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An enzyme is a globular which acts as a biological . In other words, an enzyme is a biological molecule which speeds up the . It's not like any normal catalyst which you can throw into a reaction and it will speed the whole thing up. Because it is a protein, a biological molecule, an enzyme is susceptible to various biological factors. That is to say, an enzyme won't always have that much of an effect.

If you take a , S, which is supposed to turn into a product, P, then you might have to wait a while for the reaction to happen. The chances are, it's going to take so long that it just won't happen. The reaction won't be able to get past the first hurdle, so the substrate will either just stay in its normal state, or it will take a very long time to turn into the product.

An enyzme helps the substrate get over this first hurdle. The lock and key theory suggests that the substrate slots into the of the enzyme, and a reaction takes place which turns the substrate into its product. The enzyme remains the same, as it is a catalyst. The product then leaves the enzyme, and the reaction has been successful.

Enzymes are very important in the body because without them reactions often wouldn't take place. Every reaction shown in the section has a corresponding enzyme which ensures that the reaction happens. Although in the catalyst will speed up the reaction in both directions, sometimes one enzyme is more appropriate for one direction than the other. In the body, if a reaction needs to go both forwards and backwards, then one enyzme may be used for the forward reaction and another for the backwards reaction.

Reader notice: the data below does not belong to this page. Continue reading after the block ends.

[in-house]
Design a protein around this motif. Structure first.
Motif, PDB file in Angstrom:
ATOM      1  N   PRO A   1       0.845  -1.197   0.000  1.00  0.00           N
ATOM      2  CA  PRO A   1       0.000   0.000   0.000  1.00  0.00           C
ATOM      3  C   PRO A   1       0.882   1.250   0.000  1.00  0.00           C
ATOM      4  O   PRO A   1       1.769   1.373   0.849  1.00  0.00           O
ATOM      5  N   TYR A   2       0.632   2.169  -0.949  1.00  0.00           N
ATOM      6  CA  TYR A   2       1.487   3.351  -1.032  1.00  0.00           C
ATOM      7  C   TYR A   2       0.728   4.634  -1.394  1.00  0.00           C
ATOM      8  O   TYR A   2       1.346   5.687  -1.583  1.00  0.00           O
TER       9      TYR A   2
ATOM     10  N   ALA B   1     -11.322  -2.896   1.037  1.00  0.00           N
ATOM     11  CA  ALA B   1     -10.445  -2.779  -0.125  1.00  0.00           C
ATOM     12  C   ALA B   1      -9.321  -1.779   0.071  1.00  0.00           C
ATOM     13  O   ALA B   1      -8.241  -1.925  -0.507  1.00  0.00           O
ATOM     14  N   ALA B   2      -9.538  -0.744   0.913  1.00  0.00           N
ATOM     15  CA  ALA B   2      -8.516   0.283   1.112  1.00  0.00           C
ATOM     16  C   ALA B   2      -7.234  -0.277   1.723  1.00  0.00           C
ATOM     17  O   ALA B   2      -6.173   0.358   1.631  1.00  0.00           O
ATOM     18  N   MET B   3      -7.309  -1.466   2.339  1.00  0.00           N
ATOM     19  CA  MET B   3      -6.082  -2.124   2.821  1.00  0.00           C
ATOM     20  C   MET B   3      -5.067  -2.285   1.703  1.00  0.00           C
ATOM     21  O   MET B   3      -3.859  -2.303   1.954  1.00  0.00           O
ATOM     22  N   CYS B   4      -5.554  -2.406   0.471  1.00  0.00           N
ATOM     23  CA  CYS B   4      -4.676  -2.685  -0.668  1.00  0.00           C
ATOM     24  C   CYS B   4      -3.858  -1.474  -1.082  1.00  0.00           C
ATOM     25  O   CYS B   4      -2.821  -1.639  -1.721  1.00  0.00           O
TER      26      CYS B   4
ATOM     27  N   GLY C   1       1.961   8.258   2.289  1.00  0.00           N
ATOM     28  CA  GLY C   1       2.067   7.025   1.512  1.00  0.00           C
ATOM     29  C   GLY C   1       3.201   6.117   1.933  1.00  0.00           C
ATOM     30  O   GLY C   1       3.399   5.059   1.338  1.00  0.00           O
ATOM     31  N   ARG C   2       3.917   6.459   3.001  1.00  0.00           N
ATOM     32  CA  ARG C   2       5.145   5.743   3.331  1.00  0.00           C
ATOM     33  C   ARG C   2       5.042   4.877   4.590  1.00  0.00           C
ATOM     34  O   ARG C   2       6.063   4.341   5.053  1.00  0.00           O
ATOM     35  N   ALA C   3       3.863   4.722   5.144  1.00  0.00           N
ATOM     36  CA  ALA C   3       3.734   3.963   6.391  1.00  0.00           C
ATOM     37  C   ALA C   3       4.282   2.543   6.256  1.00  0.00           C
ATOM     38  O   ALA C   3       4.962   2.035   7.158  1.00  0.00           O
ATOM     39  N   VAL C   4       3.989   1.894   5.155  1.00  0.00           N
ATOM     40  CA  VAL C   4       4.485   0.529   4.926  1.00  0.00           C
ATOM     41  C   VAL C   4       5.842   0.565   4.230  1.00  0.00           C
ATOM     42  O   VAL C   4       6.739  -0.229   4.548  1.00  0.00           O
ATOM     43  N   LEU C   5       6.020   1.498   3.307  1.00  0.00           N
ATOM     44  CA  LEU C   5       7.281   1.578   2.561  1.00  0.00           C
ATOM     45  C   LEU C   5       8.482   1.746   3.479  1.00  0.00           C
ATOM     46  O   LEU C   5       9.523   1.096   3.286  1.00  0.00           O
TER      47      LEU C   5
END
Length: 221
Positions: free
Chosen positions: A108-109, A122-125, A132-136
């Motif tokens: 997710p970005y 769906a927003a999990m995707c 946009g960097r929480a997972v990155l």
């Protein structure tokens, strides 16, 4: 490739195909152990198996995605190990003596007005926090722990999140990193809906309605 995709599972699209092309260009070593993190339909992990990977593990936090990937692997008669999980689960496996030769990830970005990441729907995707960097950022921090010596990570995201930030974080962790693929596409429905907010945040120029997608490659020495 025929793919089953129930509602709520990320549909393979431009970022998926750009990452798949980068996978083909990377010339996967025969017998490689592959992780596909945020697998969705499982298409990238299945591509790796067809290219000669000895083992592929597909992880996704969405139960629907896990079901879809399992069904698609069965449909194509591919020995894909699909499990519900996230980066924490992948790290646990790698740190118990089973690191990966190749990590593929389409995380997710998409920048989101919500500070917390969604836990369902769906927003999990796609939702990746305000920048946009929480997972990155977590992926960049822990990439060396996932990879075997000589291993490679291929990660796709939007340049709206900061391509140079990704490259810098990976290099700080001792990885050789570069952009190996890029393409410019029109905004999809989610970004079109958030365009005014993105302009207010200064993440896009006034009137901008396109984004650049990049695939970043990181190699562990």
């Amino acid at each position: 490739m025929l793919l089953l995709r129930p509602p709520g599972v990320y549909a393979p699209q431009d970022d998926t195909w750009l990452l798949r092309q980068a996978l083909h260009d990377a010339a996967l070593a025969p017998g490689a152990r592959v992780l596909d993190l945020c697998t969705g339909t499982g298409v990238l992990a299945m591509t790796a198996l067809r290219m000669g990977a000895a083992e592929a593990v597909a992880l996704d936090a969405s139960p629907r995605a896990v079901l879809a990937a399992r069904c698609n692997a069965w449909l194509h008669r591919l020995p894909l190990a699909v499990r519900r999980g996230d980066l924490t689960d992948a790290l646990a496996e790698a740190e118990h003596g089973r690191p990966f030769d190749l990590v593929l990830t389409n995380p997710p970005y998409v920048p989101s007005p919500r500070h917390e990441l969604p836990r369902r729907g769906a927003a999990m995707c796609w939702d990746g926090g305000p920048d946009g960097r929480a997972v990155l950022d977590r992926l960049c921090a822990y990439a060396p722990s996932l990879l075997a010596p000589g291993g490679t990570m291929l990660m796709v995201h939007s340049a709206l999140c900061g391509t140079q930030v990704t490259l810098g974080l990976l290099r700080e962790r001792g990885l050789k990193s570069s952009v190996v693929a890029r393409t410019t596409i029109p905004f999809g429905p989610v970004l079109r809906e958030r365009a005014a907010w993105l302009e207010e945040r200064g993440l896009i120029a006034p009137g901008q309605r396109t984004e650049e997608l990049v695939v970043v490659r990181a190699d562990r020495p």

Although enzyme structure is essential, sometimes two different enzymes, each with slightly different structures, can catalyse the same reaction. This usually means that they catalyse the reaction in a different way. These are known as isoenzymes, and although their genetic coding (and therefore their structures) are different, they are capable of speeding up the same reaction.

Deiodinases - National Academy of Hypothyroidism

Part F Questions:
Q1.) Summarize the effect of ion concentration on enzyme activity
1.) Ion concentration decreases the frequency of enzyme-catalyzed reaction.

Important Factors That Influence Enzyme Activity - Buzzle

Personal Enzyme Catalysis Experiment Purpose: The purpose of this lab is to investigate the effect of an environmental variable on the catalytic function of an enzyme Enzyme Used: Protease Rate of Change Graph Substrate Concentration Time (30 second Intervals) ml
O2 Rate of Change for Control ml
O2 Time (30 second intervals) Rate of Change for Enzyme Concentration ml
O2 Time (30 second intervals) Rate of Change for Temperature Change ml
O2 Time (30 second intervals) Time (30 second intervals) ml
O2 Rate of Change for pH Barrier Rate of Change for Substrate Concentration ml
O2 Time (30 second intervals) Where is Protease found: Protease can be found within household items such as detergents or meat tenderizers.

Important Factors That Influence Enzyme Activity

Part E Questions:
Q1.) Summarize the effect of substrate concentration on enzyme activity.
1.) The higher the substrate concentration is, the faster the reaction is supposed to take place.